Providing constructive project feedback to an agency team member or even client is a sensitive subject, whether it be a blog post, designs or strategy. This is especially true for the non-confrontational among us.
As a manager, your job is to get high-quality work done to the client’s satisfaction, on time, all while teaching team members and maintaining morale. A Herculean task that requires you make an art and science out of reviewing and editing team member work.
Consider the following 5 tips for delivering feedback on your next project.
1. Make Feedback a Part of the Process
Take note of when projects are due to the client, and work backwards to develop a timeline of when drafts and reviews are due. This will help ensure feedback is delivered in a timely manner, and give team members the time necessary to review your feedback and learn from it; instead of accepting all edits just to get it done.
Next, use a project management tool to assign to dos. A checklist of when project drafts and reviews are due will help keep the project, and you on track.
Finally, encourage team members to manage up and send email reminders, or coordinate office protests with picket signs, if you miss your due dates.
2. Keep It Consolidated
If there are multiple parties offering feedback, avoid confusion and contradictory comments by consolidating feedback in one document or thread. A side benefit is you may also foster collaboration amongst team members and the client.
Use a document management tool, like Google Drive, Box or DropBox, for document edits and comments. This enables all involved parties to access and review the most up-to-date version, track changes and add comments right to the document for everyone involved to review.
Also, employ a project management tool that allows for commenting threads on a specific job or project. These comment threads will consolidate all relevant feedback in one central location, give everyone access to the entire conversation and offer each a chance to voice their opinions.
Tech Tip: Look for a project management tool, like WorkflowMax, that enables you to automatically copy email messages into these comment threads.
3. Start and End on a Positive Note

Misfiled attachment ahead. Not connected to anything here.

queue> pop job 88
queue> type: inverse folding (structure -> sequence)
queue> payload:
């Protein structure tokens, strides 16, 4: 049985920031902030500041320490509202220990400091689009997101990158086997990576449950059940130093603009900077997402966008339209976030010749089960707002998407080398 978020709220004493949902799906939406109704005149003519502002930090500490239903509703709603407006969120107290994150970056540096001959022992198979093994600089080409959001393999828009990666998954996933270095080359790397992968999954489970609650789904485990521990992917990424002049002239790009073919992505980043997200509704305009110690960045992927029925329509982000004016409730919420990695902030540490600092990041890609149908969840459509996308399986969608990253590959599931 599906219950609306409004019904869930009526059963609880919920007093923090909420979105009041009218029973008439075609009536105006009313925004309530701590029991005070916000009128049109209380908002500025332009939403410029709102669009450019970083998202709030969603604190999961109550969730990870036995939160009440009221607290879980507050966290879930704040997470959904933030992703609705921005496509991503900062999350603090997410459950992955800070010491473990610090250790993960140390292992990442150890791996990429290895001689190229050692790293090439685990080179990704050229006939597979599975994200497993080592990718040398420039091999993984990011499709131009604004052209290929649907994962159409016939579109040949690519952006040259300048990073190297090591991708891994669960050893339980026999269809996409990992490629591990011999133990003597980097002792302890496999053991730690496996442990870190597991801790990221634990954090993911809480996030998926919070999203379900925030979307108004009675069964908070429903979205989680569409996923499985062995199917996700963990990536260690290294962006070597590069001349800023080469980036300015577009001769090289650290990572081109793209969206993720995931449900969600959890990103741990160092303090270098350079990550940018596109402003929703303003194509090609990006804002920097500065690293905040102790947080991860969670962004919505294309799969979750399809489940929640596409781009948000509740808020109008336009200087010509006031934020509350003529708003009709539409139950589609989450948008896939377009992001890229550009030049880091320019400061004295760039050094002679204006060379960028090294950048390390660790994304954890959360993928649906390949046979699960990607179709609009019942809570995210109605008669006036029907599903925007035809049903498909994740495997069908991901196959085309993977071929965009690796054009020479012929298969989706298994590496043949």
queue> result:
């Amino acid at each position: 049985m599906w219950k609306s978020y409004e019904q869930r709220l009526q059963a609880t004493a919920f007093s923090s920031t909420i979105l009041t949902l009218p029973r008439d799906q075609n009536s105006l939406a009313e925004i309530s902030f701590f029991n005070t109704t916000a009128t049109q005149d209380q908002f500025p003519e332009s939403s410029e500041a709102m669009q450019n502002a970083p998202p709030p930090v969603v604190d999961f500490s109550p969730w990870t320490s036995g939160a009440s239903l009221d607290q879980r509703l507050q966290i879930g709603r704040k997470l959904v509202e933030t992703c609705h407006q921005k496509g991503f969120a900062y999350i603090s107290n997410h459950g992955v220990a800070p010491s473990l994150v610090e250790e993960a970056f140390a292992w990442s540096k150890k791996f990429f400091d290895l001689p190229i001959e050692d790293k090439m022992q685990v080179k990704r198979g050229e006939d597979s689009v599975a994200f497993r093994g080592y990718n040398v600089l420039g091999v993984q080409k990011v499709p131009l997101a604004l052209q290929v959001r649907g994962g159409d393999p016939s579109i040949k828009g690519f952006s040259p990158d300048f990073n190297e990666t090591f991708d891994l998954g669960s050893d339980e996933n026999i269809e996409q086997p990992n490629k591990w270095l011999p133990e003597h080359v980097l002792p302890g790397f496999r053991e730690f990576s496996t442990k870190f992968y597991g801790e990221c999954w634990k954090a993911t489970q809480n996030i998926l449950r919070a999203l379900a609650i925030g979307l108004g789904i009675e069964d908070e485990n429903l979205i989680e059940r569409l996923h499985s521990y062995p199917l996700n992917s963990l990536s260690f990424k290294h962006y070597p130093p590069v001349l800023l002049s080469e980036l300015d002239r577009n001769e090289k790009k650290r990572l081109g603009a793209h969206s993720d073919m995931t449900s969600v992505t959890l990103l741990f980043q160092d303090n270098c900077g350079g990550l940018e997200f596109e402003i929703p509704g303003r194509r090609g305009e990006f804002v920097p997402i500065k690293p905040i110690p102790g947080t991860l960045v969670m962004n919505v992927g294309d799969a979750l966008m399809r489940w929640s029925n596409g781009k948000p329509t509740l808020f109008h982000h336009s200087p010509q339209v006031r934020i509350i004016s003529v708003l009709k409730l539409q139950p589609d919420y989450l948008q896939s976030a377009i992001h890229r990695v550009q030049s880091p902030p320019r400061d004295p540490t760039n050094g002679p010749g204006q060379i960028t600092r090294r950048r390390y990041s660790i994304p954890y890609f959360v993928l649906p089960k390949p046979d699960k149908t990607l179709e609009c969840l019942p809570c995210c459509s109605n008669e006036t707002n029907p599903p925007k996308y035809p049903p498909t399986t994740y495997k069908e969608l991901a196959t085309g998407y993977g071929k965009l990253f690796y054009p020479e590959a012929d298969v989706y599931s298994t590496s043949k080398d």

Expressing to anyone that his or her work needs, well, work, is never comfortable. Keep morale top of mind as you offer your constructive criticism. Lead with the positive feedback to soften the blow, followed by what you feel needs to be updated or improved.
After presenting your feedback, if the team member appears deflated, or the feedback was more critical than congratulatory, re-enforce the positives and offer some encouraging words to keep them motivated.
4. Don’t Hide the Message
While you want the vibe to be positive, it’s important to not sugar coat or skirt around pressing issues. After all, the whole point of feedback is to help your team, and the project improve.
In Creativity, Inc. Ed Catmull, president of Pixar Animation and Disney Animation, discusses how Pixar replaced the word, “honesty” for “candor” when discussing feedback. Catmull believes calling it “honest feedback” allows for people to hold back their criticisms to preserve people’s feelings. On the other hand, “candid feedback” means truth telling with a lack of reserve, setting expectations appropriately.
Set precedence with your team that “candid feedback” is what will be given and expected from everyone. When offered in a safe, nurturing environment, candor isn’t mean, it’s an opportunity to harness a team’s collective brainpower.
5. Get to the Point: Speak With Specific Purpose
On the receiving end, your teammates will want to know three things from project feedback:
- What did I do well?
- What needs improvement?
- What are my next steps for success?
Don’t overwhelm them with unnecessary or irrelevant details. Focus on these three points, and be specific and concise with your feedback. Tell your team members what they need to know.
Feedback is a powerful tool that when delivered with care in a timely manner can have significant effects on both your team and client work. Take the time to implement the tips above to ensure you are maximizing the impact of your project feedback.
How do you like to receive feedback? Share with us in the comment section below.
Image Source: Alan Levine under Creative Commons Attribution-Sharealike 2.0 Generic